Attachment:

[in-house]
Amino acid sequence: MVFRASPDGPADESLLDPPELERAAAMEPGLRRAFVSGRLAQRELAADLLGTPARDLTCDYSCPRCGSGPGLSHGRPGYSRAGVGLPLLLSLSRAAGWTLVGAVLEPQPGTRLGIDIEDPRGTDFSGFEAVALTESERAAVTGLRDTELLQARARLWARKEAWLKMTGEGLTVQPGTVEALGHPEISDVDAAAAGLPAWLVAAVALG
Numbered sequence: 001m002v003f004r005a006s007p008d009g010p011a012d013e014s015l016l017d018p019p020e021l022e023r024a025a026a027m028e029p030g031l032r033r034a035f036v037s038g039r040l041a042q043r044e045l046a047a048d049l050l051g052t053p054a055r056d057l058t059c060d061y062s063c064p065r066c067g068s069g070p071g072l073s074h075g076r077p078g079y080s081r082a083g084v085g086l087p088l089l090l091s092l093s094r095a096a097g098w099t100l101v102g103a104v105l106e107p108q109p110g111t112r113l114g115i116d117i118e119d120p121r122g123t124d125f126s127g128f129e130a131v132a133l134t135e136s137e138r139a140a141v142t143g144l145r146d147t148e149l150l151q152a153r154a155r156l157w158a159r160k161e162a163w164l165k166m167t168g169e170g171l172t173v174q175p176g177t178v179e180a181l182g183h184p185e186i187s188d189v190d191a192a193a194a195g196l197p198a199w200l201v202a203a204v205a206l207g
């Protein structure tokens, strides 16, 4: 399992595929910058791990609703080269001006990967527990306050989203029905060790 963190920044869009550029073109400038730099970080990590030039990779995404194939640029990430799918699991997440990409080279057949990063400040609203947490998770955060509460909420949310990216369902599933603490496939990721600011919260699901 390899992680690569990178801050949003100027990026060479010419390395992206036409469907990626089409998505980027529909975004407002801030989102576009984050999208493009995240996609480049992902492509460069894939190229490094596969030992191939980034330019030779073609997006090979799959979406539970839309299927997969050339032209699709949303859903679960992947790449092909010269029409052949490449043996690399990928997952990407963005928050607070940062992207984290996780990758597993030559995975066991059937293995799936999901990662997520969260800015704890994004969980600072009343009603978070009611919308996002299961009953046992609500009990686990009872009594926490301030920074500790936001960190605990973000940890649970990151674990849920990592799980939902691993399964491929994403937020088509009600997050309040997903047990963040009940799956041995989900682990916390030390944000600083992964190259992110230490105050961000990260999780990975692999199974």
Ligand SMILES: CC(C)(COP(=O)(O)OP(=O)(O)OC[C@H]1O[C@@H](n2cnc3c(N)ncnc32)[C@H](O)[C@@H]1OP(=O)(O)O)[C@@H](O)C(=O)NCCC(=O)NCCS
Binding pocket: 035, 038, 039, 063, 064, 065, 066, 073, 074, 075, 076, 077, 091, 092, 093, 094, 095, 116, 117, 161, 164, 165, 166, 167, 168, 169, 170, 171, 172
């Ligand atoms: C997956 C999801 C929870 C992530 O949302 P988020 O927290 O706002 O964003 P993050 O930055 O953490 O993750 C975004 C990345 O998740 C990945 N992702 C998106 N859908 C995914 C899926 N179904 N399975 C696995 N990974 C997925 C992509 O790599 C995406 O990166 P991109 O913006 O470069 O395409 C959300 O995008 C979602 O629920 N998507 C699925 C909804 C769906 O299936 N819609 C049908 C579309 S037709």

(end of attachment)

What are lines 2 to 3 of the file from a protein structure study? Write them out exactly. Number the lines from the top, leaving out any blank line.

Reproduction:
Amino acid sequence: MVFRASPDGPADESLLDPPELERAAAMEPGLRRAFVSGRLAQRELAADLLGTPARDLTCDYSCPRCGSGPGLSHGRPGYSRAGVGLPLLLSLSRAAGWTLVGAVLEPQPGTRLGIDIEDPRGTDFSGFEAVALTESERAAVTGLRDTELLQARARLWARKEAWLKMTGEGLTVQPGTVEALGHPEISDVDAAAAGLPAWLVAAVALG
Numbered sequence: 001m002v003f004r005a006s007p008d009g010p011a012d013e014s015l016l017d018p019p020e021l022e023r024a025a026a027m028e029p030g031l032r033r034a035f036v037s038g039r040l041a042q043r044e045l046a047a048d049l050l051g052t053p054a055r056d057l058t059c060d061y062s063c064p065r066c067g068s069g070p071g072l073s074h075g076r077p078g079y080s081r082a083g084v085g086l087p088l089l090l091s092l093s094r095a096a097g098w099t100l101v102g103a104v105l106e107p108q109p110g111t112r113l114g115i116d117i118e119d120p121r122g123t124d125f126s127g128f129e130a131v132a133l134t135e136s137e138r139a140a141v142t143g144l145r146d147t148e149l150l151q152a153r154a155r156l157w158a159r160k161e162a163w164l165k166m167t168g169e170g171l172t173v174q175p176g177t178v179e180a181l182g183h184p185e186i187s188d189v190d191a192a193a194a195g196l197p198a199w200l201v202a203a204v205a206l207g